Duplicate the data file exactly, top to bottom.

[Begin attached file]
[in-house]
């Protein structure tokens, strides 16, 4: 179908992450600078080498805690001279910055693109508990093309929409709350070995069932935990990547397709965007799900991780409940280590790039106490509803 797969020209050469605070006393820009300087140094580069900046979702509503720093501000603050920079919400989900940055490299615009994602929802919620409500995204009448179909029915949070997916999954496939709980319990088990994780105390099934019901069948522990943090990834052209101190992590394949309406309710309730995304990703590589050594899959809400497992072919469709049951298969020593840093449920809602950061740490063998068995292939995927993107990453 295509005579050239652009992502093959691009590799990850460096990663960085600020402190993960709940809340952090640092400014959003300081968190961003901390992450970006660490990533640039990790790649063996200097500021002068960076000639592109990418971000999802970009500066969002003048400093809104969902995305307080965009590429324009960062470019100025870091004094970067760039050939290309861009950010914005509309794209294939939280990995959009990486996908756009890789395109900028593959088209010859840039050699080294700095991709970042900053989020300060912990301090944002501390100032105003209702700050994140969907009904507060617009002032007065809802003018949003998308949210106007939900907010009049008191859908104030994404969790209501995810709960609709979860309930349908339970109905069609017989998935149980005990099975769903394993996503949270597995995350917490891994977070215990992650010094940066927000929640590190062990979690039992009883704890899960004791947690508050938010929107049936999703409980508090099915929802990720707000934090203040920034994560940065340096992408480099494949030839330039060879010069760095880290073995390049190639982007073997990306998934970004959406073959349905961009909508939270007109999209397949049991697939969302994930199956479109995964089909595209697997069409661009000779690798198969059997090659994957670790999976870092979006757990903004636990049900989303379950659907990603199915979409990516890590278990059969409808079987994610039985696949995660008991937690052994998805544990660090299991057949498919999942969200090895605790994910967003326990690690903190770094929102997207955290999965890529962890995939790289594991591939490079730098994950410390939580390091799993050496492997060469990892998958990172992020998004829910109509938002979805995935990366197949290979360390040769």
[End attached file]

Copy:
[in-house]
């Protein structure tokens, strides 16, 4: 179908992450600078080498805690001279910055693109508990093309929409709350070995069932935990990547397709965007799900991780409940280590790039106490509803 797969020209050469605070006393820009300087140094580069900046979702509503720093501000603050920079919400989900940055490299615009994602929802919620409500995204009448179909029915949070997916999954496939709980319990088990994780105390099934019901069948522990943090990834052209101190992590394949309406309710309730995304990703590589050594899959809400497992072919469709049951298969020593840093449920809602950061740490063998068995292939995927993107990453 295509005579050239652009992502093959691009590799990850460096990663960085600020402190993960709940809340952090640092400014959003300081968190961003901390992450970006660490990533640039990790790649063996200097500021002068960076000639592109990418971000999802970009500066969002003048400093809104969902995305307080965009590429324009960062470019100025870091004094970067760039050939290309861009950010914005509309794209294939939280990995959009990486996908756009890789395109900028593959088209010859840039050699080294700095991709970042900053989020300060912990301090944002501390100032105003209702700050994140969907009904507060617009002032007065809802003018949003998308949210106007939900907010009049008191859908104030994404969790209501995810709960609709979860309930349908339970109905069609017989998935149980005990099975769903394993996503949270597995995350917490891994977070215990992650010094940066927000929640590190062990979690039992009883704890899960004791947690508050938010929107049936999703409980508090099915929802990720707000934090203040920034994560940065340096992408480099494949030839330039060879010069760095880290073995390049190639982007073997990306998934970004959406073959349905961009909508939270007109999209397949049991697939969302994930199956479109995964089909595209697997069409661009000779690798198969059997090659994957670790999976870092979006757990903004636990049900989303379950659907990603199915979409990516890590278990059969409808079987994610039985696949995660008991937690052994998805544990660090299991057949498919999942969200090895605790994910967003326990690690903190770094929102997207955290999965890529962890995939790289594991591939490079730098994950410390939580390091799993050496492997060469990892998958990172992020998004829910109509938002979805995935990366197949290979360390040769």